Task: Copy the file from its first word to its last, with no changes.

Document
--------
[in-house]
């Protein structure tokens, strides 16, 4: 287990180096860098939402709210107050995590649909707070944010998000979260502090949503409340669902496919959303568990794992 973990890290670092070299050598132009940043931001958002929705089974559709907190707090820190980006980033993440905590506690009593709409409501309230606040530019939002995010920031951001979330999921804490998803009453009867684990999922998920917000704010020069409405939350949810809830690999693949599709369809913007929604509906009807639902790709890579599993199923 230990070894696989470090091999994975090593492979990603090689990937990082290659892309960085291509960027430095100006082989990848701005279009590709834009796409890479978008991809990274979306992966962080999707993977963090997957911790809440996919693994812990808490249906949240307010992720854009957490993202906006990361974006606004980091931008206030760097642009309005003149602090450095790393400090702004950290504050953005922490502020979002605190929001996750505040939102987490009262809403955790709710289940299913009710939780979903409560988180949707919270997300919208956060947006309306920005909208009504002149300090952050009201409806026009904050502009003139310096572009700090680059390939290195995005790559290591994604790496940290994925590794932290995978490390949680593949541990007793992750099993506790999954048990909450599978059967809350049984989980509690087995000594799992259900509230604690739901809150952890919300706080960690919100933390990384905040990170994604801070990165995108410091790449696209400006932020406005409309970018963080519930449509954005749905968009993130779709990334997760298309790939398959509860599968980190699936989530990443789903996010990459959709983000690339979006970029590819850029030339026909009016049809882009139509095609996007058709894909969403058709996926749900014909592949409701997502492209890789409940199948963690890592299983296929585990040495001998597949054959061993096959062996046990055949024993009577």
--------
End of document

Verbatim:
[in-house]
């Protein structure tokens, strides 16, 4: 287990180096860098939402709210107050995590649909707070944010998000979260502090949503409340669902496919959303568990794992 973990890290670092070299050598132009940043931001958002929705089974559709907190707090820190980006980033993440905590506690009593709409409501309230606040530019939002995010920031951001979330999921804490998803009453009867684990999922998920917000704010020069409405939350949810809830690999693949599709369809913007929604509906009807639902790709890579599993199923 230990070894696989470090091999994975090593492979990603090689990937990082290659892309960085291509960027430095100006082989990848701005279009590709834009796409890479978008991809990274979306992966962080999707993977963090997957911790809440996919693994812990808490249906949240307010992720854009957490993202906006990361974006606004980091931008206030760097642009309005003149602090450095790393400090702004950290504050953005922490502020979002605190929001996750505040939102987490009262809403955790709710289940299913009710939780979903409560988180949707919270997300919208956060947006309306920005909208009504002149300090952050009201409806026009904050502009003139310096572009700090680059390939290195995005790559290591994604790496940290994925590794932290995978490390949680593949541990007793992750099993506790999954048990909450599978059967809350049984989980509690087995000594799992259900509230604690739901809150952890919300706080960690919100933390990384905040990170994604801070990165995108410091790449696209400006932020406005409309970018963080519930449509954005749905968009993130779709990334997760298309790939398959509860599968980190699936989530990443789903996010990459959709983000690339979006970029590819850029030339026909009016049809882009139509095609996007058709894909969403058709996926749900014909592949409701997502492209890789409940199948963690890592299983296929585990040495001998597949054959061993096959062996046990055949024993009577």